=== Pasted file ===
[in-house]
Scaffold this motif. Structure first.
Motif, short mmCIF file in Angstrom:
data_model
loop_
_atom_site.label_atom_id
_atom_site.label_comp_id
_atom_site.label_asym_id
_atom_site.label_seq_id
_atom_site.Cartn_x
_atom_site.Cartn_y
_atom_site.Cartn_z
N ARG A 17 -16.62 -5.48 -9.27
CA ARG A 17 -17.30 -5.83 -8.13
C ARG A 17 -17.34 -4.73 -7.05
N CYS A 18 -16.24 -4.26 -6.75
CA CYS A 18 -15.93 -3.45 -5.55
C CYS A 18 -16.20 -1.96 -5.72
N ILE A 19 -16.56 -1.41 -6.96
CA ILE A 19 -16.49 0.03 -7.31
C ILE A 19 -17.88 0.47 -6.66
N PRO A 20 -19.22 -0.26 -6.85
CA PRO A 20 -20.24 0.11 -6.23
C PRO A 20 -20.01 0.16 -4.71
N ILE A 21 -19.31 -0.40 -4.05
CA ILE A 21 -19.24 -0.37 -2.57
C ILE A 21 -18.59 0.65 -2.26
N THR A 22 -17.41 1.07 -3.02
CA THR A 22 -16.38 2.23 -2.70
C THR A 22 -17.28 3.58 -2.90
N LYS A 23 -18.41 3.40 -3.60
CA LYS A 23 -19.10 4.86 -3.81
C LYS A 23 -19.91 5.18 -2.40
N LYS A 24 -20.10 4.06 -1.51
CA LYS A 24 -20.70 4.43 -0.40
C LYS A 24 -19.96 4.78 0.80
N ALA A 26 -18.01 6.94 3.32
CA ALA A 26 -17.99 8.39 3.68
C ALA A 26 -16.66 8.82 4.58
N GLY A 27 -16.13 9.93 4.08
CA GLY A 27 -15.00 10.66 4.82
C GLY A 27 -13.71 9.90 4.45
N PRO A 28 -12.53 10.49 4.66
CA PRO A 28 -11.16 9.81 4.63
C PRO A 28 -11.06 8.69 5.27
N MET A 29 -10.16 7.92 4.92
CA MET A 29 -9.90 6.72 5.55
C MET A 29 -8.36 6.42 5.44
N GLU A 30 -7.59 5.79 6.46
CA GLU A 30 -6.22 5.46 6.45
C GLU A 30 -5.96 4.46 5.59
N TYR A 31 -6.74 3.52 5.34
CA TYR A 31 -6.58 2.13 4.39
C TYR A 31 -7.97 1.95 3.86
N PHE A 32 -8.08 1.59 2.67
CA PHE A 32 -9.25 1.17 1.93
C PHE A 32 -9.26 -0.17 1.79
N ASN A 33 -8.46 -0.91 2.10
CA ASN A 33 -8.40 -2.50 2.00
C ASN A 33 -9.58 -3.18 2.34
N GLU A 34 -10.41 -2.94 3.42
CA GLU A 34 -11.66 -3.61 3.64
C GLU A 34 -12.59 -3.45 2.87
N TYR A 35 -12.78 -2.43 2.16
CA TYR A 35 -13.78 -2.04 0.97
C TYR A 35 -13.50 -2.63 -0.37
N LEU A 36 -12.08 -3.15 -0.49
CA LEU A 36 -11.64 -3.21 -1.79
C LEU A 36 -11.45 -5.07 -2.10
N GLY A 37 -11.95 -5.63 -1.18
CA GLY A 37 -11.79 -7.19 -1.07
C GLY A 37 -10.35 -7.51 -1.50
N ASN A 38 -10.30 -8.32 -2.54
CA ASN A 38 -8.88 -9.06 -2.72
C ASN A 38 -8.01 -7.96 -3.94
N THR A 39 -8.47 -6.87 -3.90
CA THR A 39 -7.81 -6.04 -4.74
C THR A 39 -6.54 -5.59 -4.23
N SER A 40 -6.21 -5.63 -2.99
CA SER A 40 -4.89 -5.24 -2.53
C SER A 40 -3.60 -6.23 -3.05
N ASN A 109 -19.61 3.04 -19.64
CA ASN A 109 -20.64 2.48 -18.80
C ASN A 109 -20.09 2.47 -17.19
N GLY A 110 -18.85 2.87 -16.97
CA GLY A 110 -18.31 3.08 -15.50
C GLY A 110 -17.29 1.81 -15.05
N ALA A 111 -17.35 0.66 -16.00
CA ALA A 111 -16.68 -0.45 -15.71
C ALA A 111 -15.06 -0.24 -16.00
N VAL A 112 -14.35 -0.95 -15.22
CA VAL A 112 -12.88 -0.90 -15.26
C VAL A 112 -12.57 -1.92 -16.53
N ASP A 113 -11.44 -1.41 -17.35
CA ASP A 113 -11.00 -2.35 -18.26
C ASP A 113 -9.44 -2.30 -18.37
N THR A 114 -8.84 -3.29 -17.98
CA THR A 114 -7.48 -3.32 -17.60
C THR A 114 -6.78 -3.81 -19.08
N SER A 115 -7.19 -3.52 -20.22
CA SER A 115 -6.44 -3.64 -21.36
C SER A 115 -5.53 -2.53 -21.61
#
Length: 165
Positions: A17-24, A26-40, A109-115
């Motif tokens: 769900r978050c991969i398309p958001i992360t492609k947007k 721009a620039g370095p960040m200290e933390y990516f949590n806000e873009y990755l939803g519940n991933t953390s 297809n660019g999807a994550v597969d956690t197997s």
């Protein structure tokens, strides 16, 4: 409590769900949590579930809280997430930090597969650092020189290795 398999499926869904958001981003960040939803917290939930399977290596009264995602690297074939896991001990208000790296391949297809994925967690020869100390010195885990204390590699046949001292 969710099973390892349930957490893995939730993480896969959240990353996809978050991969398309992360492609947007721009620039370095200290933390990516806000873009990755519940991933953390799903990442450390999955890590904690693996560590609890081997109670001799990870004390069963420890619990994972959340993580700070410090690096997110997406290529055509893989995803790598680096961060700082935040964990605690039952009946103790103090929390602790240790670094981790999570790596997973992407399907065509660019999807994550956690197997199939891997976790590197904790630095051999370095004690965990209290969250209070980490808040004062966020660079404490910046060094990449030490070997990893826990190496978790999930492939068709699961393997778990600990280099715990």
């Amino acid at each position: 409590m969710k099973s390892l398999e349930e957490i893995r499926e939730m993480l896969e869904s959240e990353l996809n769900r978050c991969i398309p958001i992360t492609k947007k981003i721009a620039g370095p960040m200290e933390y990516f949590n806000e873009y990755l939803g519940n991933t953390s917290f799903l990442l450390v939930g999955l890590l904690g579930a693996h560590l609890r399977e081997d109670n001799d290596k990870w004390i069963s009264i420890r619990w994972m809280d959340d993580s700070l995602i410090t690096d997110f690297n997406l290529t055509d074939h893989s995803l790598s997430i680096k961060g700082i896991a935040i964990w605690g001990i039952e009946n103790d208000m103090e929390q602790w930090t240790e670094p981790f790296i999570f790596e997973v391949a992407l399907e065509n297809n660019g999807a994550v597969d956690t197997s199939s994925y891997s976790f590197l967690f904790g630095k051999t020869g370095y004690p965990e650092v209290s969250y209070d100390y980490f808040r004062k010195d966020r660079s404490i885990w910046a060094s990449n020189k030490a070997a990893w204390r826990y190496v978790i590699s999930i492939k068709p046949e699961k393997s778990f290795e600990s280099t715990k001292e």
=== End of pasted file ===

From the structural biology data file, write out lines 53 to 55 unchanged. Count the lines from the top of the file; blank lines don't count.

CA TYR A 31 -6.58 2.13 4.39
C TYR A 31 -7.97 1.95 3.86
N PHE A 32 -8.08 1.59 2.67